An Excerpt from Better When We're Together

“On this playlist we have sad country and upbeat country music.  Which will it be, Courtney?”

“Oh, you’re giving me a choice?”  I turn to look at my shaggy haired younger brother who is sitting in the passenger seat of my car.  It’s very surprising that my parents haven’t made him get a haircut yet.  “That’s really very generous of you, but I choose neither.”

For the most part, I really do get along with my younger brother.  He’s just two years younger than me, which means that we got to spend two years of high school together.  We even share some mutual friends.  But just because we get along pretty well for the most part doesn’t mean that we agree on music.  When it comes to music, we decided a long time ago that it’s better for us to agree to disagree.  But that was before he hopped in my car this afternoon with his iPod and demanded to play the part of DJ.

“You’re such a kidder, Court.”  Tyler grins.  That’s probably because he knows that I am not kidding and he’s just trying to test my patience.  “Sad country it is.”

My little silver Volvo continues traveling down the highway.  I keep my eyes on the road and try to tune out the awful music coming from Tyler’s iPod, but it’s very difficult.  I try to keep in mind the fact that he’s only seventeen.  Nobody has great taste in music when they’re still in high school.  I would know.  But the current gem coming from the speakers is just atrociously bad, and I’m not sure that it’s physically possible to hold my tongue for any longer.

“I can’t take this anymore.  Tyler, if you play one more sad sounding country song, I’m taking away your DJ privileges for good.  And that’s it.  You can’t earn them back.”

“What?”  The look on Ty’s face is a mix of shock and something else.  I’m honestly not sure if it’s fear or concern.  “You mean you don’t like listening to country guys sing about hot girls, trucks, and lost love?”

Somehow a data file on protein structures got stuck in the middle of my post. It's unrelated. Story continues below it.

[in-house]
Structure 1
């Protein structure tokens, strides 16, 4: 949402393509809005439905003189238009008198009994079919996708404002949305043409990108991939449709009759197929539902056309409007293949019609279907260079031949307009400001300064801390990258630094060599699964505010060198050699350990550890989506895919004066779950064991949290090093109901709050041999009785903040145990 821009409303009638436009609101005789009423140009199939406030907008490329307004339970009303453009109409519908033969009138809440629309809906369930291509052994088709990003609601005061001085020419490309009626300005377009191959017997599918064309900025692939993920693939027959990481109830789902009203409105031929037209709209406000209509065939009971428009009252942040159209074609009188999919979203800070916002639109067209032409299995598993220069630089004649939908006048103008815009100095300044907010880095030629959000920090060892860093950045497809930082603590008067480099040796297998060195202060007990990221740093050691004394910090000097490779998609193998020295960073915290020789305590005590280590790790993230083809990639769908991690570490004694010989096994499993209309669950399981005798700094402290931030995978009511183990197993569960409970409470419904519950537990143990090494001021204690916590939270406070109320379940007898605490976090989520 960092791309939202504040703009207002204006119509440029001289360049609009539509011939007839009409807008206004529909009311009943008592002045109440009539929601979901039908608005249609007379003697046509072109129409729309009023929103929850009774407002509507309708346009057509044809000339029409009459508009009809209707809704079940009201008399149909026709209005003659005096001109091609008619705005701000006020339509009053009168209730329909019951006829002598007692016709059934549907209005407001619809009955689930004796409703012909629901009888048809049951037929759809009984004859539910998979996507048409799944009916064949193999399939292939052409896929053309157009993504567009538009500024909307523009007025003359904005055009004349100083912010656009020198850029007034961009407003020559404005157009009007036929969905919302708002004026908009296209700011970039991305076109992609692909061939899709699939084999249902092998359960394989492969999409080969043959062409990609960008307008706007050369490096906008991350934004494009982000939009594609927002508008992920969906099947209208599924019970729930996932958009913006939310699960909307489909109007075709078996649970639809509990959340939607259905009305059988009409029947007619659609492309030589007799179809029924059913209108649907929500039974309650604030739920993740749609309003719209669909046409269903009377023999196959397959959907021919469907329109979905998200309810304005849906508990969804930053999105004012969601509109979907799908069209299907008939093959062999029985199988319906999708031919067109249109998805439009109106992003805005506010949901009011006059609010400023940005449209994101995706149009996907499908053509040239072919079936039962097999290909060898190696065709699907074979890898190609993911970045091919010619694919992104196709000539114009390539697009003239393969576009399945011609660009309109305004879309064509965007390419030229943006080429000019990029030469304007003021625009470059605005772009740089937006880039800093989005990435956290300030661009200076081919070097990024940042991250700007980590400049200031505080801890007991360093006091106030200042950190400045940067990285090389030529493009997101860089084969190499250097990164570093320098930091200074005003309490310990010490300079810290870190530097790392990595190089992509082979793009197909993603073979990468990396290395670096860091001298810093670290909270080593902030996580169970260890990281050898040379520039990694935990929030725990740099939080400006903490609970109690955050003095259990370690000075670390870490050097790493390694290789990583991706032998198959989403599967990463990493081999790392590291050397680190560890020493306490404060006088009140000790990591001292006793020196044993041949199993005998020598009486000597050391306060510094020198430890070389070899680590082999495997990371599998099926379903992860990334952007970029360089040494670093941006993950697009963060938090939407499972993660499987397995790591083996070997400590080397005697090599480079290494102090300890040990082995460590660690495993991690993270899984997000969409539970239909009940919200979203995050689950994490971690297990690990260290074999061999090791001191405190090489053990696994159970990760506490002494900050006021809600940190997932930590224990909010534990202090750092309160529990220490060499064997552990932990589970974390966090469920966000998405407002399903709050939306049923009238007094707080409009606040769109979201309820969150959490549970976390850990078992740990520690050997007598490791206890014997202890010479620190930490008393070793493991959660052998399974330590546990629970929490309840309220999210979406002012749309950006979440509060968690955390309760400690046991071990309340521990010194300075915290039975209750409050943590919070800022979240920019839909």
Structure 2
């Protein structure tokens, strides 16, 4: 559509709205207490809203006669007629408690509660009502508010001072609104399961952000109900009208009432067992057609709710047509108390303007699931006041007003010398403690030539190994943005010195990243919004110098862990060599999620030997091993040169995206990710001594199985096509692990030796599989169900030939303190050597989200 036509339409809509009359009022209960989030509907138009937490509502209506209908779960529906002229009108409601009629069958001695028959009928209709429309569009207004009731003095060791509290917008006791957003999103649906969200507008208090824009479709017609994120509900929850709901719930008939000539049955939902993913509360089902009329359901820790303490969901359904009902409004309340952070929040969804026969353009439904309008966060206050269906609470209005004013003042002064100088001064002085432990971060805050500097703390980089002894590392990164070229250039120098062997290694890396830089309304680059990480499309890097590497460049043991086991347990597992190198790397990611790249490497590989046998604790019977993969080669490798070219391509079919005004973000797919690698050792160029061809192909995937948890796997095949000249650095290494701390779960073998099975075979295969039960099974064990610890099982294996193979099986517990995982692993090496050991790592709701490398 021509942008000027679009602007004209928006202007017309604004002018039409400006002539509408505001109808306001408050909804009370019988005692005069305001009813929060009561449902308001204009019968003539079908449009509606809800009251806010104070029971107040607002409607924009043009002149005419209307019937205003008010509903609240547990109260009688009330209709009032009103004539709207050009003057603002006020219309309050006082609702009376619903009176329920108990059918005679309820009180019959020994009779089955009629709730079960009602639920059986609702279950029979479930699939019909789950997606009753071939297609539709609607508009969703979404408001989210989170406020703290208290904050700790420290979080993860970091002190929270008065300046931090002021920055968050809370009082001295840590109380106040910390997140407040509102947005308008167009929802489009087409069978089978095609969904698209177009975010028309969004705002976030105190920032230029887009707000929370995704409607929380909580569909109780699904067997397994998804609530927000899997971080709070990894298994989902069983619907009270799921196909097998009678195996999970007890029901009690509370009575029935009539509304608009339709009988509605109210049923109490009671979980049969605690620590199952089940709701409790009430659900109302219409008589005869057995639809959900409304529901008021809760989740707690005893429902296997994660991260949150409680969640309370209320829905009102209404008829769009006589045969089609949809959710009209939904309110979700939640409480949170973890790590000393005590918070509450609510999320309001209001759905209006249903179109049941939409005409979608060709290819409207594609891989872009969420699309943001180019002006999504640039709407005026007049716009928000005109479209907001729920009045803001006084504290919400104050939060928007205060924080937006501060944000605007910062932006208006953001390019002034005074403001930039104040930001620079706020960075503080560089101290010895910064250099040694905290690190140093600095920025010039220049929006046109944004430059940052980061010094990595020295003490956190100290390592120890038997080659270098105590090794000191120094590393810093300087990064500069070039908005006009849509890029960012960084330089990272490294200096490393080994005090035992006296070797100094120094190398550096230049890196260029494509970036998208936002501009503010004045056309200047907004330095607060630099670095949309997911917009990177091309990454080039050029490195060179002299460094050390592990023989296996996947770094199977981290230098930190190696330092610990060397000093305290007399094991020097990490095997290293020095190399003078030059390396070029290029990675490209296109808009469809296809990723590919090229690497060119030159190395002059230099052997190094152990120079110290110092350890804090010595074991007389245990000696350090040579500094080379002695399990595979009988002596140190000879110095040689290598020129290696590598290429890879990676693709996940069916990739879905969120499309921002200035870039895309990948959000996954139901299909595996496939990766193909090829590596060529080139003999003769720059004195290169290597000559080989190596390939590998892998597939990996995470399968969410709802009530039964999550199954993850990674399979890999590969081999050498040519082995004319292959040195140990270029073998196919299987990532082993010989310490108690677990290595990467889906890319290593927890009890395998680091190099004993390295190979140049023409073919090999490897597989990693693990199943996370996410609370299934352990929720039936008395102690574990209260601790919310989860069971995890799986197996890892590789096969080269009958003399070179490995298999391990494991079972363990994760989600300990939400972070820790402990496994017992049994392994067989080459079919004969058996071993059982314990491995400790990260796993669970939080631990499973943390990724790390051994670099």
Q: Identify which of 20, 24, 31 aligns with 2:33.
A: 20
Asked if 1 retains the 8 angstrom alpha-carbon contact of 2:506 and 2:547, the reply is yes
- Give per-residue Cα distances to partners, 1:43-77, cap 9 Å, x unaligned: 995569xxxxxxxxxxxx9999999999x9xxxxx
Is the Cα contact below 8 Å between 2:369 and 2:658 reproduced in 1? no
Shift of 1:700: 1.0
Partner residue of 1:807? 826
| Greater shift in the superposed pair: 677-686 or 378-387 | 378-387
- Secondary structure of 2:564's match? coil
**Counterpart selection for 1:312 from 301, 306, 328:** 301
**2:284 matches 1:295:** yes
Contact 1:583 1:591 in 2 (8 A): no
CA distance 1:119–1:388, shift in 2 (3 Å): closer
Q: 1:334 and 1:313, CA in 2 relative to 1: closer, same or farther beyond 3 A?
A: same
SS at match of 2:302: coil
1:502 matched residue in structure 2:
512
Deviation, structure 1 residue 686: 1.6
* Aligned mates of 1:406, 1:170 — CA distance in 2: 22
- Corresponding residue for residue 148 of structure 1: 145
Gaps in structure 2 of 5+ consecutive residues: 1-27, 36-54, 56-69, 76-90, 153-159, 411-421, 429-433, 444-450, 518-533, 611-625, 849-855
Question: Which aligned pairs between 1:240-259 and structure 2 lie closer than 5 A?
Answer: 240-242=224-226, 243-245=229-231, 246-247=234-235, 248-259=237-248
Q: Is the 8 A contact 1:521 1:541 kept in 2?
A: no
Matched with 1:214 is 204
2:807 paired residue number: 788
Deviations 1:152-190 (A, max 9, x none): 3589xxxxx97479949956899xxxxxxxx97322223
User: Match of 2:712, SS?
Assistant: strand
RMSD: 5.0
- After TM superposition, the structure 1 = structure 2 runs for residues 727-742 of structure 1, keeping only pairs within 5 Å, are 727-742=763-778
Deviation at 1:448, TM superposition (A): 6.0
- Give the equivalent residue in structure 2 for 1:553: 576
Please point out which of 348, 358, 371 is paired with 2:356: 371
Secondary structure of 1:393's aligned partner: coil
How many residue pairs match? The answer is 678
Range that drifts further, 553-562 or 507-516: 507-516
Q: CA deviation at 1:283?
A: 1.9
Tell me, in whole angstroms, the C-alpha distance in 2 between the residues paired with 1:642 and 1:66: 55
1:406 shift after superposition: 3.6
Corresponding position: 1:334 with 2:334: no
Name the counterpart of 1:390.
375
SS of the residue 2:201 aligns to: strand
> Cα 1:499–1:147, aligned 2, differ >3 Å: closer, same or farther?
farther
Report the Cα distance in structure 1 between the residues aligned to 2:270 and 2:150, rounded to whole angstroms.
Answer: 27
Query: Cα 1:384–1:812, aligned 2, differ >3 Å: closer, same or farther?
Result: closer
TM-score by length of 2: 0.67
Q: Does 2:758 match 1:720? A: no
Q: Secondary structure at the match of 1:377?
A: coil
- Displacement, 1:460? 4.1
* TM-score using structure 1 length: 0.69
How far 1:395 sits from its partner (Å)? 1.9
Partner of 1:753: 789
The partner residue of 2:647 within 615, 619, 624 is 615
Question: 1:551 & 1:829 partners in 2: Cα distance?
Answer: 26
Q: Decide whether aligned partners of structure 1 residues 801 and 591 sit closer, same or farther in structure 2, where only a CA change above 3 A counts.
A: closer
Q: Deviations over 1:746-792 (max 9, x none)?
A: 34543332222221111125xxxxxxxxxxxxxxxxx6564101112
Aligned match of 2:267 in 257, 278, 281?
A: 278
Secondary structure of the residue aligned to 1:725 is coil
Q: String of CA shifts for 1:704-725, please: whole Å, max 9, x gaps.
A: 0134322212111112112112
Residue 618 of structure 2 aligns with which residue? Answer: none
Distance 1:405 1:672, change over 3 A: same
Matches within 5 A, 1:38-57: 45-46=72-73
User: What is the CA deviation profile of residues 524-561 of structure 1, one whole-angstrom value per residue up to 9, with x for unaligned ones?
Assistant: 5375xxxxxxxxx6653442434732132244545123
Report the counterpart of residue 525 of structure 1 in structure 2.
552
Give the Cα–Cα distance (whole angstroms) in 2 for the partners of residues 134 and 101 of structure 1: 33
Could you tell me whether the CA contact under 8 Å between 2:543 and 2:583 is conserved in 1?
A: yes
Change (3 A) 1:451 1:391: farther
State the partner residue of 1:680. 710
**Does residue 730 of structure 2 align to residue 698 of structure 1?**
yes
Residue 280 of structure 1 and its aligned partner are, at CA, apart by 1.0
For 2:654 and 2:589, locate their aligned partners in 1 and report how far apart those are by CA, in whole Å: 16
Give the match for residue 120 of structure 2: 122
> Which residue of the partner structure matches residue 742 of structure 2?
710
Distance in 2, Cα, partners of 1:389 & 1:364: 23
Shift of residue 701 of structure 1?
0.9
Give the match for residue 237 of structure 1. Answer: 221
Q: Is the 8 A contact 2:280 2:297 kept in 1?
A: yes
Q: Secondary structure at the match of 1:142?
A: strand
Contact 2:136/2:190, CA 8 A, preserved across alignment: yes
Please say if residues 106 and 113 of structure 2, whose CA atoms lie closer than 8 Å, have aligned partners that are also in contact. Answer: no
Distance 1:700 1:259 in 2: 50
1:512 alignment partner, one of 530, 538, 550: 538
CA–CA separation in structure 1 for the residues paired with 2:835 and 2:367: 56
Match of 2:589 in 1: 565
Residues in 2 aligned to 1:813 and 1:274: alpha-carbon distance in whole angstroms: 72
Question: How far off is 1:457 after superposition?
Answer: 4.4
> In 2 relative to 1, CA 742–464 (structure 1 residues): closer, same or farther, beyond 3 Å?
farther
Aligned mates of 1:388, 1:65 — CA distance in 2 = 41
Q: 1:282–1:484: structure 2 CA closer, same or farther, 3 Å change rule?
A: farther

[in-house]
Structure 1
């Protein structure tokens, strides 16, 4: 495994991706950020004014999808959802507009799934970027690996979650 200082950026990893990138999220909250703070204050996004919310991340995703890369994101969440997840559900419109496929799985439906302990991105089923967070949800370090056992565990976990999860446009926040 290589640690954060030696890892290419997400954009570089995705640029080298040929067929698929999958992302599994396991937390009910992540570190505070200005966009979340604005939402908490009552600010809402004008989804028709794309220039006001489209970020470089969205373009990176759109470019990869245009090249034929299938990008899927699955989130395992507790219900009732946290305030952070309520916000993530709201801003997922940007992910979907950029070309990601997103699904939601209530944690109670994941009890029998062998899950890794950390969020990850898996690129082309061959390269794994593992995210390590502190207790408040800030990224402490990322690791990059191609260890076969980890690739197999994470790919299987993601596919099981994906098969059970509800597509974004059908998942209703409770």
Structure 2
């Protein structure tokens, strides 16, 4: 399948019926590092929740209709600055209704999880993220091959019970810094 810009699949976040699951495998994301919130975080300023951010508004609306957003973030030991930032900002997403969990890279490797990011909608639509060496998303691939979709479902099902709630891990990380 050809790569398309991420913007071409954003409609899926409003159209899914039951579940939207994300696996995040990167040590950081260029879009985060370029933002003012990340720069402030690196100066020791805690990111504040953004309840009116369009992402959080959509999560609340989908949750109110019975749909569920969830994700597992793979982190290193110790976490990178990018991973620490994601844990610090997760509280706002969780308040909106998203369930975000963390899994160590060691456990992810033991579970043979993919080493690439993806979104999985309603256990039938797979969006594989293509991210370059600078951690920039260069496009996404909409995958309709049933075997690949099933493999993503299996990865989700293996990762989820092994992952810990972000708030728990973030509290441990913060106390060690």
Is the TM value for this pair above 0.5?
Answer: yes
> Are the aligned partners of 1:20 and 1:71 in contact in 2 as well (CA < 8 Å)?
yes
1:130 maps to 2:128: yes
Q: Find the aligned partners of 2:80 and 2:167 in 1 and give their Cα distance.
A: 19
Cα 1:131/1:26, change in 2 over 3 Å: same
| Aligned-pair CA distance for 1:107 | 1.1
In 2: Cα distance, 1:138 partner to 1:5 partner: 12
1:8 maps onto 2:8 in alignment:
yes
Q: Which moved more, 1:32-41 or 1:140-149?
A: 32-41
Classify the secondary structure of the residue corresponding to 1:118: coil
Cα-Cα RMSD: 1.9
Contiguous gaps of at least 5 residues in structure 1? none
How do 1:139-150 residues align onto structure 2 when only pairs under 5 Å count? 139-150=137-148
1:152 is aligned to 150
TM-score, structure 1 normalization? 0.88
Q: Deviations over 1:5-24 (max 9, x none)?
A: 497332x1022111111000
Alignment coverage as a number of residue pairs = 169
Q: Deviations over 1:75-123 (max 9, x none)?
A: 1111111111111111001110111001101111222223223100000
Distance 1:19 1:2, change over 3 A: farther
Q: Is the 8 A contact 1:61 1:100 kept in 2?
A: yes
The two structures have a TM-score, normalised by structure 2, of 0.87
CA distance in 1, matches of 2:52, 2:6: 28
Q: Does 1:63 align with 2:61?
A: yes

“Would you like me to put it simply?  I glance over at him and then let my eyes return to the road in front of us.  “No.  Not one bit.”

If you had asked me at the beginning of the school year what I would be doing for Christmas and Winter Break from school, I would have said spending the holidays with my family and then heading up to my paternal grandparents’ house in upstate New York.  There may have even been some snow tubing involved if Mother Nature was kind to us and let it snow a bit.

But while that had been the plan in many years past, that wasn’t the plan for this year.  It was December Twentieth and my brother and I had just hit the road for our family’s winter vacation at our old stomping ground, Shady Knoll Campground.  It was the place where we had spent countless summers when I was a kid.  We haven’t been back as a whole family since the summer before my junior year of high school and now I’m a sophomore in college, so it’s been quite a while since out last excursion.

It was only back in September that we decided to book our winter trip.  We had received a brochure from Shady Knoll in the mail, explaining that in an attempt to raise interest and guests at the campground again, they were holding a Winter Festival for the holidays on the facility grounds.  The business was apparently in a little bit of financial trouble because the brochure said that If they didn’t receive the right amount of funding by the end of the year then the business would have to be shut down.  They didn’t state what the amount was.  The wording was a little vague.